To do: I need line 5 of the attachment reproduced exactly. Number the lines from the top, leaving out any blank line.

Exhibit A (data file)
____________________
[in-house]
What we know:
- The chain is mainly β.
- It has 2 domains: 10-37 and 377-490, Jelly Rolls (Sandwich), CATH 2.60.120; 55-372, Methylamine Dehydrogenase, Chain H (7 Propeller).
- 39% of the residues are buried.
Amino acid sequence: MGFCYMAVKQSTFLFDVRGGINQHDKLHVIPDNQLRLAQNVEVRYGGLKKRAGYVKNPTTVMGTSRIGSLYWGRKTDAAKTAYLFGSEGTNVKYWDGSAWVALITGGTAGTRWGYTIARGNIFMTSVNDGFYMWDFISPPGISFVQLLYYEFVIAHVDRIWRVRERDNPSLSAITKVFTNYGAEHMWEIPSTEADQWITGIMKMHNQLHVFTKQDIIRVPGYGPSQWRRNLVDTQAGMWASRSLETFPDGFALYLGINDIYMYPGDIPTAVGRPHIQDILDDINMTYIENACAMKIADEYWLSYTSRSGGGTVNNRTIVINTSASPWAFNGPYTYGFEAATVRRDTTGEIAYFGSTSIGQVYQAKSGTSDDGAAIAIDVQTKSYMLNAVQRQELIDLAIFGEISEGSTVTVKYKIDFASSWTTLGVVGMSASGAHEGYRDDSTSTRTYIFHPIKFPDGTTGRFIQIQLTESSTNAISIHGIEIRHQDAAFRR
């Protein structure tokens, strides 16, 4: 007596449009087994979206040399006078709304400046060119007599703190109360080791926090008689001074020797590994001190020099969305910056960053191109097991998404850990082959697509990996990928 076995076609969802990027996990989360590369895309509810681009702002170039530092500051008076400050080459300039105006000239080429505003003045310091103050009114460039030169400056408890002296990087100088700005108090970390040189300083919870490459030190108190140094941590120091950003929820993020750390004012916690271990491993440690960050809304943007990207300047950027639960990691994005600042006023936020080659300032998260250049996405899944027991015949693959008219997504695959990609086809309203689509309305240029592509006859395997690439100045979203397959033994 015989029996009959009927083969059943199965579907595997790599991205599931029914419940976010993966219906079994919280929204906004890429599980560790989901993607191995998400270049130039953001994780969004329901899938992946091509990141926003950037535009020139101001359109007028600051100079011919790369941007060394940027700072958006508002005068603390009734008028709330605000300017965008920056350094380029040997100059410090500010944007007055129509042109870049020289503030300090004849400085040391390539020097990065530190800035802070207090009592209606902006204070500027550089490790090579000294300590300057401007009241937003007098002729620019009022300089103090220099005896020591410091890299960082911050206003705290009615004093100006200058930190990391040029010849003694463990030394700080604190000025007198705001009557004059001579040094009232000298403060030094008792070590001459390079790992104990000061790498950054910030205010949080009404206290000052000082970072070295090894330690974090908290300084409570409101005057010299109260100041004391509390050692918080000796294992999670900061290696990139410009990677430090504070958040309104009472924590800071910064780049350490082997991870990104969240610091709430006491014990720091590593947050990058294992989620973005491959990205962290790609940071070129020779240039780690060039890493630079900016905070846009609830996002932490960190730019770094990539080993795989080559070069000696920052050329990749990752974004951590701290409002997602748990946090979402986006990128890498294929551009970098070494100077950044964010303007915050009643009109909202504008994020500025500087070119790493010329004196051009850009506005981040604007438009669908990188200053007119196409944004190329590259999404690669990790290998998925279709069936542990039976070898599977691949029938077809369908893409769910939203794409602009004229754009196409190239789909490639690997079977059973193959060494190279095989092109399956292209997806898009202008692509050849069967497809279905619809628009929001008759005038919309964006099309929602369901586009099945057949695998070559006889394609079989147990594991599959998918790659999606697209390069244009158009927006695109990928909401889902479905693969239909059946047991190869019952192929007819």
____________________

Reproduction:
- 39% of the residues are buried.